Three days to Valentine’s Day. It’s a shame that we’ve forgotten the origins of Saint Valentine’s Day. In 269 A.D., by order of the prefect of Rome, Valentine was beaten with clubs and then beheaded. I think it would be appropriate for each of us to commemorate his day by selecting someone to beat with clubs and then behead.
I went to Tea & Sympathy (my new favorite place) in the west village with a date last week. I ordered the afternoon tea (which I highly recommend) and my date ordered the Welsh rabbit. When our food arrived, after we had eaten for a little while, I asked him, “So how’s the Welsh rabbit?” He said, in a very cheerful tone, “Well, first of all, it’s Welsh rarebit, and it’s very good.”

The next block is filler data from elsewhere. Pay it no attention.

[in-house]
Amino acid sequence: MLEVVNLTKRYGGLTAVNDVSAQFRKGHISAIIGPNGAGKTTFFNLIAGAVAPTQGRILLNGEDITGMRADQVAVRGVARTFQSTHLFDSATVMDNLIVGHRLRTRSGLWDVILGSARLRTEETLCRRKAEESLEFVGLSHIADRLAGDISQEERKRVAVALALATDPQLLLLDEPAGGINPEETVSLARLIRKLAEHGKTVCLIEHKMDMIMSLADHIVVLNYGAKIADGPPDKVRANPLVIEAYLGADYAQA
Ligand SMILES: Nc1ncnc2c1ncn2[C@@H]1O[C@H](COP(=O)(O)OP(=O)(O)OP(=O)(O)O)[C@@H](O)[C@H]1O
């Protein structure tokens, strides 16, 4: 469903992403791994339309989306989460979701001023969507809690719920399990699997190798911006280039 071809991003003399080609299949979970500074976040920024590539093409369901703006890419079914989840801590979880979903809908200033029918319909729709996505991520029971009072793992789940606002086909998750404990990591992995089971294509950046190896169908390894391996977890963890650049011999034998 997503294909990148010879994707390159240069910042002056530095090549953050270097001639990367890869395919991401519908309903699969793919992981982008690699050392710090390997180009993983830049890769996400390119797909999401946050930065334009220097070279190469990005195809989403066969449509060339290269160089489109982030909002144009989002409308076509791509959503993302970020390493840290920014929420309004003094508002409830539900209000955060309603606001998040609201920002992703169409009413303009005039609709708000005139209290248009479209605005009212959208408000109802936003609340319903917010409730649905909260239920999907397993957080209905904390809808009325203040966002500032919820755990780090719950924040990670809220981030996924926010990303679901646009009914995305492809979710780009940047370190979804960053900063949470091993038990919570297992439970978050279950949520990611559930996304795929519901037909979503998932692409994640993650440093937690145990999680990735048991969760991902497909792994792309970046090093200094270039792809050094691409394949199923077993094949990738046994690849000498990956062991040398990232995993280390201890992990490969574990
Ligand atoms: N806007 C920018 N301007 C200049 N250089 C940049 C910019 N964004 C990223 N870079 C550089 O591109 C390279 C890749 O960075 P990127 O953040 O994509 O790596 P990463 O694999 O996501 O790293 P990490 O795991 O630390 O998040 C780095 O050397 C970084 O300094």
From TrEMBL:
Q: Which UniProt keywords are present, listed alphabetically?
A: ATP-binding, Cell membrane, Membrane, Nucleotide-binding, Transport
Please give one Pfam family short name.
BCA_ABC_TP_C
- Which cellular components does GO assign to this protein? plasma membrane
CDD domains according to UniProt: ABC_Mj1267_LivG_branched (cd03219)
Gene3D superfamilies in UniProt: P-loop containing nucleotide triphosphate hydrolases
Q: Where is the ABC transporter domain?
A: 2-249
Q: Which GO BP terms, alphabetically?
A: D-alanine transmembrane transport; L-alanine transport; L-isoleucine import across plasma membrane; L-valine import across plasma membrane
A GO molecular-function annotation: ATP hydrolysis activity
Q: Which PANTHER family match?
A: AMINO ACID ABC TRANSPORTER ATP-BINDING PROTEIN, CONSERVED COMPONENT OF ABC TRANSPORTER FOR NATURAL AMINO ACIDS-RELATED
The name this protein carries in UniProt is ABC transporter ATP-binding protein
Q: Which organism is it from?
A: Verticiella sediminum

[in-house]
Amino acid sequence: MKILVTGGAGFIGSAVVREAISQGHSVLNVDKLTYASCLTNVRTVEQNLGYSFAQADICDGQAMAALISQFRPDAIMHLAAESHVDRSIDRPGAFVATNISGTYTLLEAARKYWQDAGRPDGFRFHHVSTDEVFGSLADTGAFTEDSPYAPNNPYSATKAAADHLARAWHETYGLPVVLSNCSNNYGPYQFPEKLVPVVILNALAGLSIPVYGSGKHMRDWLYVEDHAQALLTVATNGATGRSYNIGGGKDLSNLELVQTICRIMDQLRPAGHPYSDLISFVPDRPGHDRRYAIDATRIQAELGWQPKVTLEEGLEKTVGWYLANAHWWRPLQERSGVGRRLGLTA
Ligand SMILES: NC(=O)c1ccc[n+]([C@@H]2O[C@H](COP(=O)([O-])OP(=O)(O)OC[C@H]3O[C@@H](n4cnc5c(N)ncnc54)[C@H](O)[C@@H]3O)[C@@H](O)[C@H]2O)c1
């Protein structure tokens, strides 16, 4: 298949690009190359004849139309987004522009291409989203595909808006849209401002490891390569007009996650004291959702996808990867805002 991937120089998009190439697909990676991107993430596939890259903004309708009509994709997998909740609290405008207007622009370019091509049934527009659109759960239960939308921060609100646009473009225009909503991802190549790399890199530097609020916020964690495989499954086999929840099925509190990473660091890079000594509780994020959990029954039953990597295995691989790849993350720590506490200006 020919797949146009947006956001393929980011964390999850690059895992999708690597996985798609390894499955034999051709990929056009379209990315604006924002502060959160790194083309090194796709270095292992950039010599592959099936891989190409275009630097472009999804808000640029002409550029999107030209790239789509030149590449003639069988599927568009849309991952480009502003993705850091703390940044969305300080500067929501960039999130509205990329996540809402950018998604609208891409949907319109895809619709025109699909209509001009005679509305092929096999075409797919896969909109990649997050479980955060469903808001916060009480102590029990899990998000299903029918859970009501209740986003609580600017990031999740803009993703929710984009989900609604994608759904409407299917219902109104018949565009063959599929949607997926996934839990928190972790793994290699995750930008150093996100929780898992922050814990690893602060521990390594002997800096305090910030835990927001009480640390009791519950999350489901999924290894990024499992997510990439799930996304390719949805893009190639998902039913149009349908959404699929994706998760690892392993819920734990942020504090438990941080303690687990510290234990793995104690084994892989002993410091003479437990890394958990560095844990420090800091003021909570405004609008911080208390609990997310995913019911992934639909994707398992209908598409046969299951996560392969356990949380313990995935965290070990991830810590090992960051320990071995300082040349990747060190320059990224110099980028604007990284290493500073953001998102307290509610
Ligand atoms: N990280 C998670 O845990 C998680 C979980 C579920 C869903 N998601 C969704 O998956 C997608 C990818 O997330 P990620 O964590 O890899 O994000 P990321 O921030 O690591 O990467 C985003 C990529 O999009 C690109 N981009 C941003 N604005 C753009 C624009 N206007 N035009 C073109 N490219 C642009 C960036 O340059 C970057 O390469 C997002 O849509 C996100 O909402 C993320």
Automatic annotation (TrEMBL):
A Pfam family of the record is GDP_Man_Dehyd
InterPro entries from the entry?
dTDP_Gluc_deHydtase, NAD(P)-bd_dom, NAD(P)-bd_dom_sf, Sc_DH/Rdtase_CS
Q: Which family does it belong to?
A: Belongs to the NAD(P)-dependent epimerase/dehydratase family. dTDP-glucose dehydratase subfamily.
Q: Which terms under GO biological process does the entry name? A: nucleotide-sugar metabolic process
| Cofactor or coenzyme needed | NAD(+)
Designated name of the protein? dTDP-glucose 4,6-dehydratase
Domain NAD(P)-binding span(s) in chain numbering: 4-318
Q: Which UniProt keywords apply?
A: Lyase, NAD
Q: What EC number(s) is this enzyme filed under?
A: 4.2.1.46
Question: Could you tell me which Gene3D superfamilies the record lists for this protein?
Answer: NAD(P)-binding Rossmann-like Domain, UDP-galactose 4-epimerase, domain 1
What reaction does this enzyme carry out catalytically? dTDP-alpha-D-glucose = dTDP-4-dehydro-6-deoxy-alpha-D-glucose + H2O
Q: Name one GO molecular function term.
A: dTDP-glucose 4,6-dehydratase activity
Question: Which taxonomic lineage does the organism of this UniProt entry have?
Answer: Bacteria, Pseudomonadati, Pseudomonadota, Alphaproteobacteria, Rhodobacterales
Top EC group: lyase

This is not a person I need in my life.
First of all, anyone who insists that “rarebit” is preferable to “rabbit” is pretentious.
Second of all, he is wrong. The Oxford English Dictionary lists 1725 as the first appearance in English of the term “Welsh rabbit,” almost certainly a borrowing from the French “lapin gallois”; not until 1785 does “Welsh rarebit” appear, probably as a “corrected” version of the name of a dish that has no rabbit in it.
Not that I have a thing about being right or anything.
And I wonder why I don’t have a boyfriend.